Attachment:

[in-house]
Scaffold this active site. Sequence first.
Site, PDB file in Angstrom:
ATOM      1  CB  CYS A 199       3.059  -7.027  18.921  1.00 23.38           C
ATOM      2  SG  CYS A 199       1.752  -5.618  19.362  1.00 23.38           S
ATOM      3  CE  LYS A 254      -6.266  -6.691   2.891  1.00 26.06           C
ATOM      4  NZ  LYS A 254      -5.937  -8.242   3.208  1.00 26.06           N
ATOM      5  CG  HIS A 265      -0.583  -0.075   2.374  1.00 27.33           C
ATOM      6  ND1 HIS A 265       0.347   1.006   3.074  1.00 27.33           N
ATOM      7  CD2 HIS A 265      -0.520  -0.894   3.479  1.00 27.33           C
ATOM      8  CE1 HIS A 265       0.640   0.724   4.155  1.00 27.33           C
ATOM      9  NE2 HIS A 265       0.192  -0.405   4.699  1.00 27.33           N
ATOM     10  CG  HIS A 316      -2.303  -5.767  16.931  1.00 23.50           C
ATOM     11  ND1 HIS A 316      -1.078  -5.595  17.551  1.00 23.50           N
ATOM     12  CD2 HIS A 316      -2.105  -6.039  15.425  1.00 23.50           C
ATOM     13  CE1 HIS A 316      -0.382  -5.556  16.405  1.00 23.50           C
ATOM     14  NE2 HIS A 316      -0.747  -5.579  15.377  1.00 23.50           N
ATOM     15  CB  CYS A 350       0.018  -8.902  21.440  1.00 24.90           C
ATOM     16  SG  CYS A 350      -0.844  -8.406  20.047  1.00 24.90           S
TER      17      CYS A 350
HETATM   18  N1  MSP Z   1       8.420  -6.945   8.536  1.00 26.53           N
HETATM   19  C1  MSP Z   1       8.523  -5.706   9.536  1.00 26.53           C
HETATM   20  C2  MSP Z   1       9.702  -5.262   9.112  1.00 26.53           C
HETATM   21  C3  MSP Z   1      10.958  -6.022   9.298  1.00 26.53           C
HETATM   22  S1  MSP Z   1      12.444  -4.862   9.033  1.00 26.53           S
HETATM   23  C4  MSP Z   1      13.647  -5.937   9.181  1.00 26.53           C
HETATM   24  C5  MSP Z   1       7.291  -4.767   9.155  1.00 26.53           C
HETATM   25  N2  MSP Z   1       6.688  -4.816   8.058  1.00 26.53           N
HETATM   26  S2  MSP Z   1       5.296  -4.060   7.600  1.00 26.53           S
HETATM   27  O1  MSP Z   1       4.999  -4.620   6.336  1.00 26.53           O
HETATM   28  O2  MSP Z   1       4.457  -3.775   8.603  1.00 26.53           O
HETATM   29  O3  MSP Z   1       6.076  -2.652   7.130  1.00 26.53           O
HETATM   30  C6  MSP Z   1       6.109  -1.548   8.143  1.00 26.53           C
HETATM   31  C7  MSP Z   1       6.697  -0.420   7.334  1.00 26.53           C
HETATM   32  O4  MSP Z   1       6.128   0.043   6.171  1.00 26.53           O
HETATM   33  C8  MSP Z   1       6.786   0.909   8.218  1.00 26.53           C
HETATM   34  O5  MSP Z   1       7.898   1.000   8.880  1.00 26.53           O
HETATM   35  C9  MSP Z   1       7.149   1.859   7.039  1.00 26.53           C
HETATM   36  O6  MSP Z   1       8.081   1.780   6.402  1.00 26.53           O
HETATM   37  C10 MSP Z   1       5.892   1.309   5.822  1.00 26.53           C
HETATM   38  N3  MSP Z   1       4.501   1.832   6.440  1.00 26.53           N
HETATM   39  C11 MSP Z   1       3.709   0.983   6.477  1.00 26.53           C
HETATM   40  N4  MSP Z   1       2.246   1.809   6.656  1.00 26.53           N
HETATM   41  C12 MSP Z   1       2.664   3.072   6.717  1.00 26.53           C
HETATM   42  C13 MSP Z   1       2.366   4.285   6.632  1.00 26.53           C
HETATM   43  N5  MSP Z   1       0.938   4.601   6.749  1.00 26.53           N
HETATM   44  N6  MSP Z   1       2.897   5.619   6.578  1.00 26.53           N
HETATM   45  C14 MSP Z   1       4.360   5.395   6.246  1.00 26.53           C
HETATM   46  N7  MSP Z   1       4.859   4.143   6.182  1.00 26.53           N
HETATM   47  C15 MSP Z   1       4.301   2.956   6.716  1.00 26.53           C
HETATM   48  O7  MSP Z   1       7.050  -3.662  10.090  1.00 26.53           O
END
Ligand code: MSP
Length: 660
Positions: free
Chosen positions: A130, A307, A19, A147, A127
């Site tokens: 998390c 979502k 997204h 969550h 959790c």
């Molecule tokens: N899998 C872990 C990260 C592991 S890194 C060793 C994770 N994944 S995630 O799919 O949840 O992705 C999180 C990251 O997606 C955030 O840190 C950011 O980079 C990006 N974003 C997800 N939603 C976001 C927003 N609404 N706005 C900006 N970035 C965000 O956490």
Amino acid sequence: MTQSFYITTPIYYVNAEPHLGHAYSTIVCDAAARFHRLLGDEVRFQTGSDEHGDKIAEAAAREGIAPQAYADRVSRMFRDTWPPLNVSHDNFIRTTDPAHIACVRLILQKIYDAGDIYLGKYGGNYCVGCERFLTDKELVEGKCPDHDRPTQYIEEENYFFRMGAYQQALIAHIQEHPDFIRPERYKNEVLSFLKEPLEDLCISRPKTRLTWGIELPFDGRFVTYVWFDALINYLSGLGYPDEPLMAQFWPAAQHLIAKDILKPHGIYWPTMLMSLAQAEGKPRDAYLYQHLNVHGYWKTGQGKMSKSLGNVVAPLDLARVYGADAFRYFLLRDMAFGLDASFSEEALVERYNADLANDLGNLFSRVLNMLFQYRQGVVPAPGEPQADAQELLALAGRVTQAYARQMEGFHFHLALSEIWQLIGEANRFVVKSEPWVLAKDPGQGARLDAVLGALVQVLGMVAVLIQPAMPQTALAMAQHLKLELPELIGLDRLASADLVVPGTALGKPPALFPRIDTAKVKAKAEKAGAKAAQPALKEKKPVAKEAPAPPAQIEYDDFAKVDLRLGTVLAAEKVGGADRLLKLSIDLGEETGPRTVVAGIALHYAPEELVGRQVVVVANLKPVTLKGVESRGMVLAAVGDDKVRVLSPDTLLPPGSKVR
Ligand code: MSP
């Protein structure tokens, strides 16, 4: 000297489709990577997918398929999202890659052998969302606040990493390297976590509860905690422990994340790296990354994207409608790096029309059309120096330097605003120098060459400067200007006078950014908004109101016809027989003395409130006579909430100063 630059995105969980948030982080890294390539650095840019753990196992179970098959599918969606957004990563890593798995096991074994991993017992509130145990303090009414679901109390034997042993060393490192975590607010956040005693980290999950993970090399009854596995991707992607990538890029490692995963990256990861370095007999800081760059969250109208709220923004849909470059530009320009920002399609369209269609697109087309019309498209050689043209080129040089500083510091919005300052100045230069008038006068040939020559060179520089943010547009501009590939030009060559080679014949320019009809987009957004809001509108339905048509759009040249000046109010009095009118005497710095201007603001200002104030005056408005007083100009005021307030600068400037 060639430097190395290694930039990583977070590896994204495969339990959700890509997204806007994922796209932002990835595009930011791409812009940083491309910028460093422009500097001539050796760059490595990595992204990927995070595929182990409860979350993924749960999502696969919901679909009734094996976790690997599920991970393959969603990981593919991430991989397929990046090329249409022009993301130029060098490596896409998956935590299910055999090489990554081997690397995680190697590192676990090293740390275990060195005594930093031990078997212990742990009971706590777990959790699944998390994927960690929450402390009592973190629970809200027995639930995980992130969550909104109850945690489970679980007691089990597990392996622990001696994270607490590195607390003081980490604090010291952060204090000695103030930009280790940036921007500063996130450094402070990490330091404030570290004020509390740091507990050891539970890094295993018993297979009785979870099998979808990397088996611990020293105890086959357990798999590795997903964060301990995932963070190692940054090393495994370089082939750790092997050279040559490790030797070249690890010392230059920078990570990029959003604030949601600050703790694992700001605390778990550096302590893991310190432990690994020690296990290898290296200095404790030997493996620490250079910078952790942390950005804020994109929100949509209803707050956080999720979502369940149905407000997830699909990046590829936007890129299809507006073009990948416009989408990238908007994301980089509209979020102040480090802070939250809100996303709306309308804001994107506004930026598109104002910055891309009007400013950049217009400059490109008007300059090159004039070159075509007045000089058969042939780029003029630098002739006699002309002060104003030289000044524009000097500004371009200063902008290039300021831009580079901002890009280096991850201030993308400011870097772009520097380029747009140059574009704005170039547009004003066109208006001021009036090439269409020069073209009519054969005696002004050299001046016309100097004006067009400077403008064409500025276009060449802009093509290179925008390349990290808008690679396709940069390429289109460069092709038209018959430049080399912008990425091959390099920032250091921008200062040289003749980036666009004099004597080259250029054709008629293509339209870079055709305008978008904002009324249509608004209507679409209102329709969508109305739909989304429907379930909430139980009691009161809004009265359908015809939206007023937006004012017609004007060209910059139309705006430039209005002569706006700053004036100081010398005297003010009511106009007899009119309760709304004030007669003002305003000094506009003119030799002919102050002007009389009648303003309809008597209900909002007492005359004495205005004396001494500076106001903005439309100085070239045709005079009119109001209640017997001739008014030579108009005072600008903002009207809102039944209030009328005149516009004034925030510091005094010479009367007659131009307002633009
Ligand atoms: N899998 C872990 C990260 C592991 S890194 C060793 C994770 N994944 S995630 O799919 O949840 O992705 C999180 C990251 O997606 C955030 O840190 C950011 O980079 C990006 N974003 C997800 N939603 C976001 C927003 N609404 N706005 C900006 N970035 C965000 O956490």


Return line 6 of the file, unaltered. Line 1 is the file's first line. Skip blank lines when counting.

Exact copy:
ATOM      3  CE  LYS A 254      -6.266  -6.691   2.891  1.00 26.06           C